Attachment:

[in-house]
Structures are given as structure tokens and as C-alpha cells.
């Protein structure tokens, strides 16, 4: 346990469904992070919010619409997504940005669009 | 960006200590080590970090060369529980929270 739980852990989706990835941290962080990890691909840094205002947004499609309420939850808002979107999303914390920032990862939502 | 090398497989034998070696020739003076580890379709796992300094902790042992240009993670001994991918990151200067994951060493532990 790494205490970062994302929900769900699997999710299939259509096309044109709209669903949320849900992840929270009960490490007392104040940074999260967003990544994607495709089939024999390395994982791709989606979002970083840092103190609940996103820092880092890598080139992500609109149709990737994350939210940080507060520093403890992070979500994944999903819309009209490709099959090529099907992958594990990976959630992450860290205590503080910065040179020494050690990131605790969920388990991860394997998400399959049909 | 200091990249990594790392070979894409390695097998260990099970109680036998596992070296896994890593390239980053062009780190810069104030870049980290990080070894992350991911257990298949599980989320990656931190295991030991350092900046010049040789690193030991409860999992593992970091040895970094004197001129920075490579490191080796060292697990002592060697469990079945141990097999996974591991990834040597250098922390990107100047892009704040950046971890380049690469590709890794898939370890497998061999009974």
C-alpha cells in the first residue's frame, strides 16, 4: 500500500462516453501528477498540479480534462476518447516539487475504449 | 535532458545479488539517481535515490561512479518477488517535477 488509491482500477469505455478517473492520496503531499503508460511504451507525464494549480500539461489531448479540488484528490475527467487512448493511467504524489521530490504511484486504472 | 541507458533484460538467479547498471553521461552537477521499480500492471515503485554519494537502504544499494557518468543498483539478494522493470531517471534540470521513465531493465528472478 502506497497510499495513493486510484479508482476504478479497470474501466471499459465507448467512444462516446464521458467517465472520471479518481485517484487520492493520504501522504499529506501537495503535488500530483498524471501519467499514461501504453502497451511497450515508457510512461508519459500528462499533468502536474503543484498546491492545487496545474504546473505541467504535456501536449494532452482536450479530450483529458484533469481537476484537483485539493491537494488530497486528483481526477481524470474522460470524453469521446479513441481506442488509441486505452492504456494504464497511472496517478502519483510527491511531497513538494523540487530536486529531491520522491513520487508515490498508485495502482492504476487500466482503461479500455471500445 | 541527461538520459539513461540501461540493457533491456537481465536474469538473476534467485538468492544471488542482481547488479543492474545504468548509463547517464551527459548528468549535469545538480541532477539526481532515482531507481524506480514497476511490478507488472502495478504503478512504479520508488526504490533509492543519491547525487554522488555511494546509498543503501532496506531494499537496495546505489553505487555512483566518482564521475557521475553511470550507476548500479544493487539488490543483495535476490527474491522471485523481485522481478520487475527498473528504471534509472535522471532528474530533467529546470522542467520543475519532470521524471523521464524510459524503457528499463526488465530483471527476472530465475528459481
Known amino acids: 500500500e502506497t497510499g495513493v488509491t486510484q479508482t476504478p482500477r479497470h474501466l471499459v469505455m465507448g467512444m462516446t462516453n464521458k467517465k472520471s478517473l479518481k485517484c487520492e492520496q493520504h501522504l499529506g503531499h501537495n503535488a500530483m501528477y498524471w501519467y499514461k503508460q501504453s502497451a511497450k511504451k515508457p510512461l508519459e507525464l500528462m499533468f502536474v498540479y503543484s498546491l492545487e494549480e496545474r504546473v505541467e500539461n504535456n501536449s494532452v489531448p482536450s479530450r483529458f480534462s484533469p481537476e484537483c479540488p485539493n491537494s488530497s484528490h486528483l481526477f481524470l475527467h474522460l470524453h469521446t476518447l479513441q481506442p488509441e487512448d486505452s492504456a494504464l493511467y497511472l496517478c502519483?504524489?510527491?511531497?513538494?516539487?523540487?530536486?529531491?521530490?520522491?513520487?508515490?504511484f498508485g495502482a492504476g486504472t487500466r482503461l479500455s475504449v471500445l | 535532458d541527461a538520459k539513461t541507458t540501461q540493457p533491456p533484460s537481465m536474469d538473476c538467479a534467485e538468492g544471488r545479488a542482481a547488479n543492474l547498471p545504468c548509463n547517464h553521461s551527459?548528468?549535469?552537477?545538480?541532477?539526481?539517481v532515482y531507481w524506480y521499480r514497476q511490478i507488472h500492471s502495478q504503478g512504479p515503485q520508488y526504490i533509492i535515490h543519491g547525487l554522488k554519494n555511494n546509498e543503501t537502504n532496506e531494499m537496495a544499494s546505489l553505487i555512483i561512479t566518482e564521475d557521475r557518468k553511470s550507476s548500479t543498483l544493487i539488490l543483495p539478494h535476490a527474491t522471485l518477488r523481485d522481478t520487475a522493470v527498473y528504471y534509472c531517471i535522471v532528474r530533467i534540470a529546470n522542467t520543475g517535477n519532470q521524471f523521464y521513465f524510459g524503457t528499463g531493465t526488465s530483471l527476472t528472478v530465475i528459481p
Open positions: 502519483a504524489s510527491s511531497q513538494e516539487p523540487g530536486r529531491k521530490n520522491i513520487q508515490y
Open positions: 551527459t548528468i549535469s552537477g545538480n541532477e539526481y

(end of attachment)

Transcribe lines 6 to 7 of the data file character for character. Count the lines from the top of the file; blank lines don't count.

Open positions: 502519483a504524489s510527491s511531497q513538494e516539487p523540487g530536486r529531491k521530490n520522491i513520487q508515490y
Open positions: 551527459t548528468i549535469s552537477g545538480n541532477e539526481y